Thursday, December 22, 2011



Irresponsibility by Chris Vitiello
(Ahsahta, Boise, ID, 2008)

{I realised today that this review was written precisely one year ago, on a rainy evening in east London. Before the riots… Before the strikes… Sometimes we let things lie wet for a while. Then we come across them, and hang them out, and the colours seem brighter. NM, Paris, 1st of December 2011}

One evening this week I returned from work exhausted. The weather hung low over London, I was distracted and generally disheartened by professional uncertainties. I looked around my still relatively new apartment. Still no internet. Never a TV. Only books.

These moments can be revelatory. What do you feel like reading during these instants? I scanned across my bookshelves, volumes like so many jars of vaguely nauseating candy, reiterating an internal monologue: “too dreary”, “too pretentious”, “too confessional”, “too old”, etc. I then remembered Irresponsibility had recently arrived.

I wanted to read it. To reread it.

But why… This is never so easy to say. I wanted to read Irresponsibility because I had felt, on first reading, that these poems had come out of a time of crisis, had been made in the midst of a certain erosion and decay of belief. Of a world and a worldview. Of the beach and of knowledge, sanded episteme and unclear epistemologies.

A coming-to-terms.

I was not in crisis, but I wanted to feel the edges of my disheartened self. I remembered what I took to be the book’s concern with questions of knowledge: of what we know, and how, and what good it does us.

I felt it did not shy away from this possibility: it does us no good.
Closing your eyes is
lying to yourself about fooling yourself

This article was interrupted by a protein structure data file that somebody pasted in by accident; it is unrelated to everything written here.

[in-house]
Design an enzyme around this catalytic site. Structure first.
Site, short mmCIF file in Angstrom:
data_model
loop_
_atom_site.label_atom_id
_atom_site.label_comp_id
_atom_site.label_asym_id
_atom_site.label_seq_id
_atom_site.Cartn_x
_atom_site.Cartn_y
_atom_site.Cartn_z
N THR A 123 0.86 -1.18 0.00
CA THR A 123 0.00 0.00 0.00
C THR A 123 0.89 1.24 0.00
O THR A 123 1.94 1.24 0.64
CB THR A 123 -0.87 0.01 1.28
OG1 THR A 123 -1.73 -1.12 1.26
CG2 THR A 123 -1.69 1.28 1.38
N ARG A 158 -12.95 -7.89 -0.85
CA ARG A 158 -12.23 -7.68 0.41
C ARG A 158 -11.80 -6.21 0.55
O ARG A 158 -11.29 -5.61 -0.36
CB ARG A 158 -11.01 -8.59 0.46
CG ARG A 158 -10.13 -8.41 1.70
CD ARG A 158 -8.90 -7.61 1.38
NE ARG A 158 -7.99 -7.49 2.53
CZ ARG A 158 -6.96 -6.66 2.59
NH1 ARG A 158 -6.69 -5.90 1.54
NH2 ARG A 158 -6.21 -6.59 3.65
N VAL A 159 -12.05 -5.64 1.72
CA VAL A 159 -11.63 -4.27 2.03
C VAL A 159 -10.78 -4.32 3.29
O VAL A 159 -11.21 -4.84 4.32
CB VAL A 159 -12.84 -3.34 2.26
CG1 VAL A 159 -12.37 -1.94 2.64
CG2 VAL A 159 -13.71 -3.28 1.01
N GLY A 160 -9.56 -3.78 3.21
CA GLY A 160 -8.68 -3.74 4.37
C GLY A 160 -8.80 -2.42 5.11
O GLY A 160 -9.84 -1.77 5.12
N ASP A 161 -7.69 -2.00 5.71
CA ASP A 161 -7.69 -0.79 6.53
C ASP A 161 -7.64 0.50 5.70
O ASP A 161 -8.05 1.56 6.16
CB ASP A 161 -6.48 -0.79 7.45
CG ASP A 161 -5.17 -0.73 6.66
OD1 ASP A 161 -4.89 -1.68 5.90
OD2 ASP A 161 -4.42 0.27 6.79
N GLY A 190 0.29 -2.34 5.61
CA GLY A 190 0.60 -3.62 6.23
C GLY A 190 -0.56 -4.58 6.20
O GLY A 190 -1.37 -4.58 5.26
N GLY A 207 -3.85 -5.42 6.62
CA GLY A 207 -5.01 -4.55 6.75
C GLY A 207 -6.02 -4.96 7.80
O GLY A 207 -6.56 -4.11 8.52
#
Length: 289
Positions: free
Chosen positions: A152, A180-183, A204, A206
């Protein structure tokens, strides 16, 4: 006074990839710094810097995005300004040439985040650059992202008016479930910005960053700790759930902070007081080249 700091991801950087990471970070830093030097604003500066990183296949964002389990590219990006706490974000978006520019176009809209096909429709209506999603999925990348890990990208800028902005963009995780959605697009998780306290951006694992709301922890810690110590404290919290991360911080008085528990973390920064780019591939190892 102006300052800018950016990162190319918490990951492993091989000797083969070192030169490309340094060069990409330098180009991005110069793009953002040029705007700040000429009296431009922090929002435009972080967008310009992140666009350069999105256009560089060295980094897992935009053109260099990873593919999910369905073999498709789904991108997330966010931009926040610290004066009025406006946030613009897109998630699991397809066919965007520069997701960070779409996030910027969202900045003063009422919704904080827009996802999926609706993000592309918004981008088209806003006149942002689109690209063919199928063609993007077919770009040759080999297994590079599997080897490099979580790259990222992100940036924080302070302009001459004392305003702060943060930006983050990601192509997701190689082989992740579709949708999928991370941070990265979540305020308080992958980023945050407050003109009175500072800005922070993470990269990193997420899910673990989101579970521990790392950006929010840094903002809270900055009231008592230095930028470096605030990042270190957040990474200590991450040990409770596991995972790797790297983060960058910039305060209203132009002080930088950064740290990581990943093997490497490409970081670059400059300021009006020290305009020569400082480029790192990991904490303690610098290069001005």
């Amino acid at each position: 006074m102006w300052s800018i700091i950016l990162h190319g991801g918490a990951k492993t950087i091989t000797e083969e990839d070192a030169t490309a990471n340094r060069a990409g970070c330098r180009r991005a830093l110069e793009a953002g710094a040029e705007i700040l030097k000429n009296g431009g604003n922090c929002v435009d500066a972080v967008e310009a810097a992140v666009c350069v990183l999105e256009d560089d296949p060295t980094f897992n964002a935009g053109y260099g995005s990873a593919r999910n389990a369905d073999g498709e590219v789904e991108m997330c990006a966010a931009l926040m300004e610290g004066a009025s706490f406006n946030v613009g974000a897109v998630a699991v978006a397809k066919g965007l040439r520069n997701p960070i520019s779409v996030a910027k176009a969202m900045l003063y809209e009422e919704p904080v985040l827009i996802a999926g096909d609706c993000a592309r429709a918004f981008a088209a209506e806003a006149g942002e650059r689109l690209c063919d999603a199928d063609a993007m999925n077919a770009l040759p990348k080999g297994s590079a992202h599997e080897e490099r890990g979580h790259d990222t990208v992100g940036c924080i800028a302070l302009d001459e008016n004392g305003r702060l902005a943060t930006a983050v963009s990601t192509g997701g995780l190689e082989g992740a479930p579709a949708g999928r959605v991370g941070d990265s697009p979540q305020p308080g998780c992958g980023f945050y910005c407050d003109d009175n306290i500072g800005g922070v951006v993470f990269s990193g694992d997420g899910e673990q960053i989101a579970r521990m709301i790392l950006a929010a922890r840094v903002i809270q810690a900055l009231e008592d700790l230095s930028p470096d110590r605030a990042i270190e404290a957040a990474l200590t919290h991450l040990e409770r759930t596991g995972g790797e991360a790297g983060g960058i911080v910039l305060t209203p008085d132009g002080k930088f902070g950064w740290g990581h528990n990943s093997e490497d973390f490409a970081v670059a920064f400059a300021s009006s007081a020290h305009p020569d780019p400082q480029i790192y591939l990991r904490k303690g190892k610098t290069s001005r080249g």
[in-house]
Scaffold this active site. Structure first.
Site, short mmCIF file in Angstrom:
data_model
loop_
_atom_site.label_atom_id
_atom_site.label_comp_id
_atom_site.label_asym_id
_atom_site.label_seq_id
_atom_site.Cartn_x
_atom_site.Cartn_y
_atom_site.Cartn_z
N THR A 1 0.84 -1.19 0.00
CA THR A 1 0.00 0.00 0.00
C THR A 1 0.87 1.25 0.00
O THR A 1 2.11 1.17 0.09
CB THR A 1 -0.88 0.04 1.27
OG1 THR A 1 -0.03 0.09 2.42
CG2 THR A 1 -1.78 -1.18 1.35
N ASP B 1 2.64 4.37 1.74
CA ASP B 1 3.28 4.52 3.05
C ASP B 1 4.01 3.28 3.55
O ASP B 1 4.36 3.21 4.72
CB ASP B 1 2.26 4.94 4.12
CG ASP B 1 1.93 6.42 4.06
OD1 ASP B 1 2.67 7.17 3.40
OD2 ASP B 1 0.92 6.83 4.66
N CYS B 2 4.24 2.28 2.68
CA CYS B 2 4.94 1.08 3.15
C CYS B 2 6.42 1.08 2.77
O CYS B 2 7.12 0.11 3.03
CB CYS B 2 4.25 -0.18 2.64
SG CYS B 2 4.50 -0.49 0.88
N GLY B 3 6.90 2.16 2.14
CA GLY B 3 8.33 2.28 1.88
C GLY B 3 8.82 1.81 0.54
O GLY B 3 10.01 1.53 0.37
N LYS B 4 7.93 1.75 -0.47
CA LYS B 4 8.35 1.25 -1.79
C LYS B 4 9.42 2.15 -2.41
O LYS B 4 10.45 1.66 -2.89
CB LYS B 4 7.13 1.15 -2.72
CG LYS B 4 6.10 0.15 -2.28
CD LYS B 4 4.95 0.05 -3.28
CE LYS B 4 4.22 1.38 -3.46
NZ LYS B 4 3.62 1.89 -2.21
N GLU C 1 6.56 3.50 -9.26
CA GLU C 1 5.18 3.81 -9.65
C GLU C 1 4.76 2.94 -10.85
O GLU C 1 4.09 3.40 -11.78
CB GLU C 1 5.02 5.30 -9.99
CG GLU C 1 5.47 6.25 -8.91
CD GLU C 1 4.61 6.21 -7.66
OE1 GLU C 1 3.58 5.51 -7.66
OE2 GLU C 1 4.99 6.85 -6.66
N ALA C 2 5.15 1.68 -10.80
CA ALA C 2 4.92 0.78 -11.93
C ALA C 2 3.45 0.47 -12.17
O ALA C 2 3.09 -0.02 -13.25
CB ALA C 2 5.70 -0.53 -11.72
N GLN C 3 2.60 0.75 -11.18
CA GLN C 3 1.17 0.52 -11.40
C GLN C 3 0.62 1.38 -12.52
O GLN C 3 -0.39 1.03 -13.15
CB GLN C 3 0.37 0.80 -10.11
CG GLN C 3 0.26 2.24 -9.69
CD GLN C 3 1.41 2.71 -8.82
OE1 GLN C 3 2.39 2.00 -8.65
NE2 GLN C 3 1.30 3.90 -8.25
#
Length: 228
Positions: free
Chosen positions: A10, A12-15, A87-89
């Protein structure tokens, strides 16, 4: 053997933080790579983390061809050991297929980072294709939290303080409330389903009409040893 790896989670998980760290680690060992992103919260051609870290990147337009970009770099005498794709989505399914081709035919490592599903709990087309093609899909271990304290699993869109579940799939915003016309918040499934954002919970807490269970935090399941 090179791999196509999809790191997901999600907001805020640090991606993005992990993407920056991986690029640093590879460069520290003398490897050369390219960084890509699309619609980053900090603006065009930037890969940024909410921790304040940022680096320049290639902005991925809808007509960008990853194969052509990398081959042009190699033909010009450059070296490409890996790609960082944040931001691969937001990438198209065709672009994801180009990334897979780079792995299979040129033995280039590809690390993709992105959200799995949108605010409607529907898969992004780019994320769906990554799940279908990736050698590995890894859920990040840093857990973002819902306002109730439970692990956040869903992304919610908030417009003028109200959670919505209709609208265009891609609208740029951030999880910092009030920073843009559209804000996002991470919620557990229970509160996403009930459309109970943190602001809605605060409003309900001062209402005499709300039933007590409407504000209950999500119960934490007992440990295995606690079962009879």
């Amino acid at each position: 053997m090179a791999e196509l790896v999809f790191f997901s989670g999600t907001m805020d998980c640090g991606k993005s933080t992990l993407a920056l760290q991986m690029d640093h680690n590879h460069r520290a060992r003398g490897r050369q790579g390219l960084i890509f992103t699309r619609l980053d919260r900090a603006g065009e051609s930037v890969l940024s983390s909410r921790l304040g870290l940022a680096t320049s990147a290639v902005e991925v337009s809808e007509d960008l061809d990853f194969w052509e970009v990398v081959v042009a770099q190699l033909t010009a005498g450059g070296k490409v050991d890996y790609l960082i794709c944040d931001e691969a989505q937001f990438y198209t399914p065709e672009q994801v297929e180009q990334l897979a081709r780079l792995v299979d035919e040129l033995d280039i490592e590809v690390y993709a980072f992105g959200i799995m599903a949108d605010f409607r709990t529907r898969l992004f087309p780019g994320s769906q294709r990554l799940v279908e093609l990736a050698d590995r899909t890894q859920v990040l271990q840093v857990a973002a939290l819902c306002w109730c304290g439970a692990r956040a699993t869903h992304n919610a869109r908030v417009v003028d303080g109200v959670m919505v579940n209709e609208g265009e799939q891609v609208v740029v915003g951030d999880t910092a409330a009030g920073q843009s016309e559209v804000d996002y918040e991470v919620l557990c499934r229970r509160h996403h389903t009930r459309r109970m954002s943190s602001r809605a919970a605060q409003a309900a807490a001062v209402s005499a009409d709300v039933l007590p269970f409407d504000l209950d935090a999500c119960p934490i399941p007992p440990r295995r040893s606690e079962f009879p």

I liked this. I wanted this. I remembered too Irresponsibility’s resolutely intellectual analyses. I wanted this too. I want poems to be smart, dense forms of an interlocking logos, to scream into our faces: THINK. Or to persuade us, cajole us, but with an end to knowledge. “And reference—we’ve all got that going on” (27). Indeed. As:
If the idea is optimally down
Or moved along and the sentences are dull
Or all the same length or awkward I’m
Not going to do anything about them

I want my poetry, sometimes, not to give a damn. Cadiot and Hocquard are here: the French literalist vantage points. But I wasn’t overly interested in this. But visible at least, in this: “self-reflexivity”. I like self-reflexivity mainly because it shows the term itself to be a pleonasm. Only reflexivity is possible. Self-reflexivity is just the doubling of an inevitable circle, a fairground mirror reflecting into infinite space.

Writing is reflexive if flexible. Irresponsibility makes no apologies. I love it for that. I like books to tell me why they are they (not them), and why they are there, instead of just pretending that everyone finds their ontology obvious. No ontology is obvious. The existence of a book is never clear. It is usually, or used to be, seen as miraculous. In this way, Irresponsibility is like a charming drunk who never stops introducing and reintroducing himself, only in ever more engaging ways.